Over the past month an ancient sculptural masterpiece has been on temporary display in the Metropolitan Museum of Art’s Greek and Roman halls. On loan from Rome’s Museo Nazionale Romano, “Boxer at Rest” depicts a battered pugilist immediately after a fight. His face bears evidence of broken nasal bones, swelling and hematoma under his right eye, and multiple lacerations and abrasions to his nose, cheeks, and forehead. One secret I have not found mentioned in literature on this striking life size sculpture is evidence of medical treatment for hematomas of his ears.
The sculpture is made of bronze, and scholars date its completion between 350 B.C. and 50 B.C. It once stood in the Baths of Constantine – a bathing complex and cultural center in ancient Rome. His only clothing is a pair of elaborate boxing gloves and a leather strap on his foreskin to conceal his penis (kynodesme). Boxing was a revered sport in the ancient world, and there were few rules to the game. This statue may have had magical powers evidenced by areas of wear on the hands and feet caused by frequent rubbing over decades, perhaps in hopes of victory in the arena or healing from an injury.
The Boxer has evidence of multiple injuries that are skillfully rendered and anatomically correct. There is acute swelling from hematoma under his right eye that is indicated by an inlay of darker metal. But the ears exhibit not just swelling that could be both acute and chronic from prior fights, they also display clean wounds that may have been administered by an iatrós – the old Greek word for physician. There are inlays of copper alloy that emphasize these incisions and the blood dripping from his ears and onto his thighs.
Hippocrates lived on the Island of Cos between 460 and 370 BC, and his writing laid the foundations of medical treatment for generations of physicians. At the time this statue was cast, his principles were well known in the ancient world. At first glance, the ears look simply swollen and bleeding with what is commonly described as “cauliflower ear.” But if you look more closely there is evidence of freshly performed surgical treatment of hematomas sustained in the pugilist’s match. In Hippocrates’ work entitled “On Injuries of the Head,” he specifically prescribes incisions for healing:
“Incisions may be practiced with impunity on other parts of the head, with the exception of the temple and the parts above it, where there is a vein that runs across the temple, in which region an incision is not to be made.”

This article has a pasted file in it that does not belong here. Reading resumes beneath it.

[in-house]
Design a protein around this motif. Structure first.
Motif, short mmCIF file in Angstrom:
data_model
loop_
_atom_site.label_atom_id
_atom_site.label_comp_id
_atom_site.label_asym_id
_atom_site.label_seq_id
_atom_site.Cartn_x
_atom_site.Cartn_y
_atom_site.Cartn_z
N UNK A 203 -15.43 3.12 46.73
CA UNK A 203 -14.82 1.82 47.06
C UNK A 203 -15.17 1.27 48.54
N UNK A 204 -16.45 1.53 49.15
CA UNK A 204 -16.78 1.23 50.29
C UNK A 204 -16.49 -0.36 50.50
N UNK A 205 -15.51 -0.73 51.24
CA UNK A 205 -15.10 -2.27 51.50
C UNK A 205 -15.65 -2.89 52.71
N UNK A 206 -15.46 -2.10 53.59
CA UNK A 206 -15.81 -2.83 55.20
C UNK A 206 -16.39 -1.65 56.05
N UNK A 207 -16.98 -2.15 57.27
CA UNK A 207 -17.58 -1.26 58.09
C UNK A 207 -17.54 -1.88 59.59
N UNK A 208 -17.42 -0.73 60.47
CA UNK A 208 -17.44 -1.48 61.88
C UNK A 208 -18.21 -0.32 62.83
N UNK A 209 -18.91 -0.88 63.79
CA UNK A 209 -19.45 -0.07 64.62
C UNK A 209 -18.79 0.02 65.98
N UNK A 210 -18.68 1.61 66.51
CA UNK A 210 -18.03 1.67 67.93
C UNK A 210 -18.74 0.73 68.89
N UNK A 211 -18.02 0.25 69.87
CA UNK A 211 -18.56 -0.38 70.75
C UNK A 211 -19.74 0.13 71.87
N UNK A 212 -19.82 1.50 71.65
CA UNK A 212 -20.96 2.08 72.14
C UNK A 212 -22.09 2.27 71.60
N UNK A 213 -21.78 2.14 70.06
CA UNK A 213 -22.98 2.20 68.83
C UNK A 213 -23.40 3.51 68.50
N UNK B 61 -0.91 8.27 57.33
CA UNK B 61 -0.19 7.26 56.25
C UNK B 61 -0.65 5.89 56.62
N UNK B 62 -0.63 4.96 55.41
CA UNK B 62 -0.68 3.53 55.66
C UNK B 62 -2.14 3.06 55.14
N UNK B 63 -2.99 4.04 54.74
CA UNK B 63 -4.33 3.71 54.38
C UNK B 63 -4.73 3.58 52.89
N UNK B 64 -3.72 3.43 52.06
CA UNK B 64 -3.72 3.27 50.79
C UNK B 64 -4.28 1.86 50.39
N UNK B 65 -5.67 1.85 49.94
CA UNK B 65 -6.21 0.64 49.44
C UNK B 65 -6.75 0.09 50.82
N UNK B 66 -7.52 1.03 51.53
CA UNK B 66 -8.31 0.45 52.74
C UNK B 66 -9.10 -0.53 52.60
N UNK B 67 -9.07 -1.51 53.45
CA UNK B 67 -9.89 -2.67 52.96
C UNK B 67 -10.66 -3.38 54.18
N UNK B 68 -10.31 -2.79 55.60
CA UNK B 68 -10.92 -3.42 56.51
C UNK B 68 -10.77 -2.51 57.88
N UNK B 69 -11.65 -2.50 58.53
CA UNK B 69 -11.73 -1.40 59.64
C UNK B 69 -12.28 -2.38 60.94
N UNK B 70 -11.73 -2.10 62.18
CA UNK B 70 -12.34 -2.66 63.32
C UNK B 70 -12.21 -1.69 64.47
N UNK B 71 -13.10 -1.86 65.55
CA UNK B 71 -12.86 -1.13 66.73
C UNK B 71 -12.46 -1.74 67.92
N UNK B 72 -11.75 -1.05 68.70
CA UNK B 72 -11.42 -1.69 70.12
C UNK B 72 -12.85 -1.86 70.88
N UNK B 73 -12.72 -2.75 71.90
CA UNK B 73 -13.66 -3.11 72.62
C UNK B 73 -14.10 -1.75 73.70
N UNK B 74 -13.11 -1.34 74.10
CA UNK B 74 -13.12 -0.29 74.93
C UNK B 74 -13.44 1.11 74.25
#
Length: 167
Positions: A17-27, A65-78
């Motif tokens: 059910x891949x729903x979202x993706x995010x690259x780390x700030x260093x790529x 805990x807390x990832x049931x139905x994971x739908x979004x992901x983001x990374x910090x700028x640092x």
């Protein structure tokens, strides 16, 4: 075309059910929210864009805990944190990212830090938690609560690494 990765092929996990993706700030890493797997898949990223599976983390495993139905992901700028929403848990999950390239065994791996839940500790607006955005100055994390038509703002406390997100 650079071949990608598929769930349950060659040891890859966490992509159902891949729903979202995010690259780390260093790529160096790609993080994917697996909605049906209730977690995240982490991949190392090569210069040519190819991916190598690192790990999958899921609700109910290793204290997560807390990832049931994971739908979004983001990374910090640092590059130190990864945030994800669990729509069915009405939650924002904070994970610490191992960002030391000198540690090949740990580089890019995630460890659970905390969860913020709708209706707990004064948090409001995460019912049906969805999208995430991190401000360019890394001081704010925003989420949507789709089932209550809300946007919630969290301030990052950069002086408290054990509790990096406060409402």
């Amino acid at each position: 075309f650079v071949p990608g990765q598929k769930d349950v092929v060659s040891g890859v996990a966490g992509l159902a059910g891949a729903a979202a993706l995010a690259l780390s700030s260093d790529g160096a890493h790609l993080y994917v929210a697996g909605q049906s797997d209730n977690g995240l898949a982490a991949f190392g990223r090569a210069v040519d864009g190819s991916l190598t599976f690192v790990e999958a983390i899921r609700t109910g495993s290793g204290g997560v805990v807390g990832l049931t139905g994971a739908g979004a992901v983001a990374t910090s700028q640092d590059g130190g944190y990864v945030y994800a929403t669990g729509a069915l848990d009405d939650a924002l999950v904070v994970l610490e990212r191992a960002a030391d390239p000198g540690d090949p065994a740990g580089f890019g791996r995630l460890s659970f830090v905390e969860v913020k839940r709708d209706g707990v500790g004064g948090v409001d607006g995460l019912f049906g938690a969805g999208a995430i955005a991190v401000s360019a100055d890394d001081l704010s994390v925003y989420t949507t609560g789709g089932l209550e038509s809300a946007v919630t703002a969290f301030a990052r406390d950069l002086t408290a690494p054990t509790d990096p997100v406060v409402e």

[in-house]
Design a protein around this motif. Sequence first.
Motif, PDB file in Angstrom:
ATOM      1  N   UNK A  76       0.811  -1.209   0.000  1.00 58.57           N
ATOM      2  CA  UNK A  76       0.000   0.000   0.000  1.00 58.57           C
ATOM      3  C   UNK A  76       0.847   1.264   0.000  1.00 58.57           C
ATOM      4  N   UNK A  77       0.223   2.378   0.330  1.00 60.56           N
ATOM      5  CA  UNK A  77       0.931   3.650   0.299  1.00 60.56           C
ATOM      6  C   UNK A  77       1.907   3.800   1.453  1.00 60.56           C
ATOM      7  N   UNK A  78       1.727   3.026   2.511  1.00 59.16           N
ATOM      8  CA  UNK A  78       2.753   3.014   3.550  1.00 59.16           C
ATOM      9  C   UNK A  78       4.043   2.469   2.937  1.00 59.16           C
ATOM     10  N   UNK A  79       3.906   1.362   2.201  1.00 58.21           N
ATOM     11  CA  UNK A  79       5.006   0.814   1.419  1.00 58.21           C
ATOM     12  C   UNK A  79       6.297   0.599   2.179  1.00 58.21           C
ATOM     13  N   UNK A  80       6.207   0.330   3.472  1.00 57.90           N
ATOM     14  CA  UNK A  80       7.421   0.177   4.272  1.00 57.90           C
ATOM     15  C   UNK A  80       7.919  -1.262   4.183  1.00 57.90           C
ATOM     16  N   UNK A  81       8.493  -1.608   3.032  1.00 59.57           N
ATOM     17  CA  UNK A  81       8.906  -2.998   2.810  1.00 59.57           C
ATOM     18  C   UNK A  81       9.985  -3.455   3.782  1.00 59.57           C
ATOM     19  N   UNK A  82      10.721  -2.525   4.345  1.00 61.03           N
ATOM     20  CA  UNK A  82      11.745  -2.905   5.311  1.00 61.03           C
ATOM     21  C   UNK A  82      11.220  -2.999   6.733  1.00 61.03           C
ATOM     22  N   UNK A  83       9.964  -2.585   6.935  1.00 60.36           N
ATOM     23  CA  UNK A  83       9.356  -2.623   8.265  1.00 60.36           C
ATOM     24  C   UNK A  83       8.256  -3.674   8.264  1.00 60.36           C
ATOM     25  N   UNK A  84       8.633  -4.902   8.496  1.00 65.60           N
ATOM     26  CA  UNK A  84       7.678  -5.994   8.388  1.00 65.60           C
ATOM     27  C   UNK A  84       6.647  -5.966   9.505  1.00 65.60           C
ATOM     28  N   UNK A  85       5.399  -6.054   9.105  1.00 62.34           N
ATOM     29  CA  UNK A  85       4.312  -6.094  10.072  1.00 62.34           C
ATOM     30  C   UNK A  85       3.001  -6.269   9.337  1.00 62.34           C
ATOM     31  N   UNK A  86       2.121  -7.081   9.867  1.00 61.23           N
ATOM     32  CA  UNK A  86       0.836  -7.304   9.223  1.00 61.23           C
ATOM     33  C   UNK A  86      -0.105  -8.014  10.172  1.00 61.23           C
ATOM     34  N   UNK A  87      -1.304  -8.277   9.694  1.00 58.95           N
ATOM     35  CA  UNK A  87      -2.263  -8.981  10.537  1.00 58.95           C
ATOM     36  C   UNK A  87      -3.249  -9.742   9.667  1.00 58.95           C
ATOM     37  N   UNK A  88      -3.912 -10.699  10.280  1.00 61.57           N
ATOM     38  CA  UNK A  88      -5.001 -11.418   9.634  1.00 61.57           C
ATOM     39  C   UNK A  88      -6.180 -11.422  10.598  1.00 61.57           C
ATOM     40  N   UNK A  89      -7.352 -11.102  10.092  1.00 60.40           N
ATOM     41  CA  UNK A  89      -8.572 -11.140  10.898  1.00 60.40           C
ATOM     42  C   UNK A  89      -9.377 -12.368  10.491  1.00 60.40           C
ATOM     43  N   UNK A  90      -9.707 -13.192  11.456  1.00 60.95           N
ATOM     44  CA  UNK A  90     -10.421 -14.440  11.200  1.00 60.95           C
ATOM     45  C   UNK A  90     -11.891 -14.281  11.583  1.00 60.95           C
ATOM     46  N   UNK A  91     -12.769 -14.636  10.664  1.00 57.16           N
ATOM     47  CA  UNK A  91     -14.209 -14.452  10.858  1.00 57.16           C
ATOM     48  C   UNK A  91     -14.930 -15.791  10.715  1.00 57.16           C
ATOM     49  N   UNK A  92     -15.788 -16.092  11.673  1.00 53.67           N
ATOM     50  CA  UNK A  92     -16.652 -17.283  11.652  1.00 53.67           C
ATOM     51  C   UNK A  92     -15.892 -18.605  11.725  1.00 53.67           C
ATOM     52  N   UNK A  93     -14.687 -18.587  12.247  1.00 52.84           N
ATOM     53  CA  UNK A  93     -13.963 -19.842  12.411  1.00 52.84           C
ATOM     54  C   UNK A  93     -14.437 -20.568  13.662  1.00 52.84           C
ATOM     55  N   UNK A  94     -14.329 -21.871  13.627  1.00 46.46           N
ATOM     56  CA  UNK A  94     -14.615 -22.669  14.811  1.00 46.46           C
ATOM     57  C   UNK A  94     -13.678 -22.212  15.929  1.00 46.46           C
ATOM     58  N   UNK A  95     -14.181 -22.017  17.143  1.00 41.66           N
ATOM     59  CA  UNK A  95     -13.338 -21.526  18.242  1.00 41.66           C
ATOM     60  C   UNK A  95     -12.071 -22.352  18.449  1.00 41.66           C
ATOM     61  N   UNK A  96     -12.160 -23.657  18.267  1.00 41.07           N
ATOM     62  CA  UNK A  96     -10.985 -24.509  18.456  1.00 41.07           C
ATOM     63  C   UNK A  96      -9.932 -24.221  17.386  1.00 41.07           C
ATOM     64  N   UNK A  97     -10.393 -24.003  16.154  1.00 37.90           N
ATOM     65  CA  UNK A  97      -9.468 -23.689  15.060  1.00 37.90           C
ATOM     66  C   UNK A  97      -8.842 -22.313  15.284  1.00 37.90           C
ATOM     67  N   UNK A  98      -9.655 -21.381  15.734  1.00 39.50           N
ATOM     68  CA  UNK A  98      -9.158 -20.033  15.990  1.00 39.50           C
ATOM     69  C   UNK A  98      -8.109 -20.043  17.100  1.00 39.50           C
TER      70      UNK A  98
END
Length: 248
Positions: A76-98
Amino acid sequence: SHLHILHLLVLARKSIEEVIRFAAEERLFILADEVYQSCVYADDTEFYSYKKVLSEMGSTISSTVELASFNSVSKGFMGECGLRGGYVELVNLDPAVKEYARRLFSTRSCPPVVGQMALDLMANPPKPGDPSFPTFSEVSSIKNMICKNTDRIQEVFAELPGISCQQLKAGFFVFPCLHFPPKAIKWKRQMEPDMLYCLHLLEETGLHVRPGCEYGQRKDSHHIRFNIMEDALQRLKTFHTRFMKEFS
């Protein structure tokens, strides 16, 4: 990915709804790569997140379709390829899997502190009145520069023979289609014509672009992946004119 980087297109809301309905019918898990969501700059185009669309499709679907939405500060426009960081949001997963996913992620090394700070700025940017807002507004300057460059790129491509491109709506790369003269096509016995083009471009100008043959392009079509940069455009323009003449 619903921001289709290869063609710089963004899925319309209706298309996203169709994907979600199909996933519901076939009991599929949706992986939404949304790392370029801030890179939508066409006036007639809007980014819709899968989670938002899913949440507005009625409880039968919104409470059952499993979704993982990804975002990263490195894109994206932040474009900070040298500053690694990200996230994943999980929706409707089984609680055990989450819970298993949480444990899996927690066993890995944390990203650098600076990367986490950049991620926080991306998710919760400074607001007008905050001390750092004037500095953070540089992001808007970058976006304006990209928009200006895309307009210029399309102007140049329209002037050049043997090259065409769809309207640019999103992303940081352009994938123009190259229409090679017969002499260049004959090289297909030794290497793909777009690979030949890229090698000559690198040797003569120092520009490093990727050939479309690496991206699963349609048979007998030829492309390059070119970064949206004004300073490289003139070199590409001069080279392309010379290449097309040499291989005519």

Other treatments of the day would include washing the incision with wine and stopping the bleeding with juice from a fig tree.
Observations on details of the Boxer’s wounds support my theory. There are three incisions on his ears, two on the right and one on the left. Each incision is neat, horizontal, and dripping fresh blood. This is emphasized by the sculptor, who presents these incisions and their bloody drainage with a lighter alloy of copper. In contrast, the cuts on his face, nose, and forehead are ragged and multi-directional. When these lacerations are compared to his ears, the neat horizontal incisions stand out as being administered after the fight by a skilled hand.
This treatment makes sense. A cauliflower ear is an acquired deformity that begins with a pocket of blood called a hematoma that develops between skin and cartilage, disrupting the perichondrium that supplies nutrients. If untreated, several complications can occur. For example the hematoma can become infected, or the cartilage can die causing fibrosis and scar tissue with permanent swelling. Then, as now, the treatment for a hematoma is sometimes incision and drainage.
So what does this messenger from the ancient world have to tell us? He is depicted sitting, exhausted and bloodied after a match. His head is turned sharply to the right and looking up, perhaps at the cheering crowd or the judges who are announcing his rank in the pugilist competition. This is what is conveyed in the museum literature, but I have an alternative explanation. Perhaps he is turning his head to show his bruises to a physician, who just made incisions in the swollen areas to drain blood and help him to heal. Fresh blood falls on his right thigh as he patiently waits for the iatrós to tend to his wounds.
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References for this post included:
Man and Wound in the Ancient World by Guido Majno, Harvard University Press, 1975.
On Injuries to the Head, by Hippocrates, translated by Francis Adams.
Prized Fighter by James Gardner, Wall Street Journal Online Edition, June 14, 2013.
The Boxer: An Ancient Masterpiece Comes to the Met, by Sean Hemingway.
Image credit for painted amphora: scoopweb.
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Who knew? Cauliflowers fixed Italian style. I’m surprised that you didn’t mention that Galen treated gladiators and that was the closest he got to studying human anatomy – as our friend Vesalius found out.
Your stunning photographs and insights will make the visit to the exhibit so much more meaningful. Thank you.
Paul Gallico wrote a lovely and whimsical short story called The Roman Kid that offers a very complete description of the style of this boxer (he was left-handed and a slugger) as opposed to his opponent who was Greek, smaller and faster and knew how to fight a left-hander) – a whole story conjured up from a careful examination of the sculpture, informed by a world of knowledge about the boxing world.
Thanks for this comment Tobie! Never knew about this author or his stories!